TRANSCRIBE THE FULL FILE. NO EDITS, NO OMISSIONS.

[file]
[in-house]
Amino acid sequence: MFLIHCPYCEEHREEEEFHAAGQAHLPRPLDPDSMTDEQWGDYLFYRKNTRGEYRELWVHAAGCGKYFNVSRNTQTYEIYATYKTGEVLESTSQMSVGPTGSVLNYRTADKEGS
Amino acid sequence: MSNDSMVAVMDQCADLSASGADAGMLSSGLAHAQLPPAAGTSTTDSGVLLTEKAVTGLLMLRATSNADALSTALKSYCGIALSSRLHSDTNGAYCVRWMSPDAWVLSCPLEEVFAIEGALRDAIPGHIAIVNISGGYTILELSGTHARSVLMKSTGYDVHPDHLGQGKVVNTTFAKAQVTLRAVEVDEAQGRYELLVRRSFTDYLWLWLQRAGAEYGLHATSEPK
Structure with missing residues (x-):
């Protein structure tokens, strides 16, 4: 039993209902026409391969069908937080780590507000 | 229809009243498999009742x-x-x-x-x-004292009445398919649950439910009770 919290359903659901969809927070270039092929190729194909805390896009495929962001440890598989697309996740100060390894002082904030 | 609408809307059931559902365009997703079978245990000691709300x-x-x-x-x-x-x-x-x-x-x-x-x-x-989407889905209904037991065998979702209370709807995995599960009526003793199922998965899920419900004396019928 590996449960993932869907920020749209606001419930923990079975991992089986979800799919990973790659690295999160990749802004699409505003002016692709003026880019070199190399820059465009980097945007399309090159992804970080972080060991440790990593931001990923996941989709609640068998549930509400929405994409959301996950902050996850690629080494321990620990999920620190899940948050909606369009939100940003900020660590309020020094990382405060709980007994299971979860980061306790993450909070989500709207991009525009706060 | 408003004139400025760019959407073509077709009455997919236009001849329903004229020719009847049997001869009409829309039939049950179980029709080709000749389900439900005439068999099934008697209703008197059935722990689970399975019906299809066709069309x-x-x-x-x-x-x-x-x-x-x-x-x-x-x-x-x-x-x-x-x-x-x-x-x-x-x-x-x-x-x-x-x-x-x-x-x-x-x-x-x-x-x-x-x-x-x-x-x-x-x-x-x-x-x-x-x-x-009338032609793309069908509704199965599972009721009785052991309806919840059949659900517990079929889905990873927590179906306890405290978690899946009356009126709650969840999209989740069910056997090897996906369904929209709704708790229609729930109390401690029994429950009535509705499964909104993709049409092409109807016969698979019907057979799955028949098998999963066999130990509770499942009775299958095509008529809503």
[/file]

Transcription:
[in-house]
Amino acid sequence: MFLIHCPYCEEHREEEEFHAAGQAHLPRPLDPDSMTDEQWGDYLFYRKNTRGEYRELWVHAAGCGKYFNVSRNTQTYEIYATYKTGEVLESTSQMSVGPTGSVLNYRTADKEGS
Amino acid sequence: MSNDSMVAVMDQCADLSASGADAGMLSSGLAHAQLPPAAGTSTTDSGVLLTEKAVTGLLMLRATSNADALSTALKSYCGIALSSRLHSDTNGAYCVRWMSPDAWVLSCPLEEVFAIEGALRDAIPGHIAIVNISGGYTILELSGTHARSVLMKSTGYDVHPDHLGQGKVVNTTFAKAQVTLRAVEVDEAQGRYELLVRRSFTDYLWLWLQRAGAEYGLHATSEPK
Structure with missing residues (x-):
């Protein structure tokens, strides 16, 4: 039993209902026409391969069908937080780590507000 | 229809009243498999009742x-x-x-x-x-004292009445398919649950439910009770 919290359903659901969809927070270039092929190729194909805390896009495929962001440890598989697309996740100060390894002082904030 | 609408809307059931559902365009997703079978245990000691709300x-x-x-x-x-x-x-x-x-x-x-x-x-x-989407889905209904037991065998979702209370709807995995599960009526003793199922998965899920419900004396019928 590996449960993932869907920020749209606001419930923990079975991992089986979800799919990973790659690295999160990749802004699409505003002016692709003026880019070199190399820059465009980097945007399309090159992804970080972080060991440790990593931001990923996941989709609640068998549930509400929405994409959301996950902050996850690629080494321990620990999920620190899940948050909606369009939100940003900020660590309020020094990382405060709980007994299971979860980061306790993450909070989500709207991009525009706060 | 408003004139400025760019959407073509077709009455997919236009001849329903004229020719009847049997001869009409829309039939049950179980029709080709000749389900439900005439068999099934008697209703008197059935722990689970399975019906299809066709069309x-x-x-x-x-x-x-x-x-x-x-x-x-x-x-x-x-x-x-x-x-x-x-x-x-x-x-x-x-x-x-x-x-x-x-x-x-x-x-x-x-x-x-x-x-x-x-x-x-x-x-x-x-x-x-x-x-x-009338032609793309069908509704199965599972009721009785052991309806919840059949659900517990079929889905990873927590179906306890405290978690899946009356009126709650969840999209989740069910056997090897996906369904929209709704708790229609729930109390401690029994429950009535509705499964909104993709049409092409109807016969698979019907057979799955028949098998999963066999130990509770499942009775299958095509008529809503």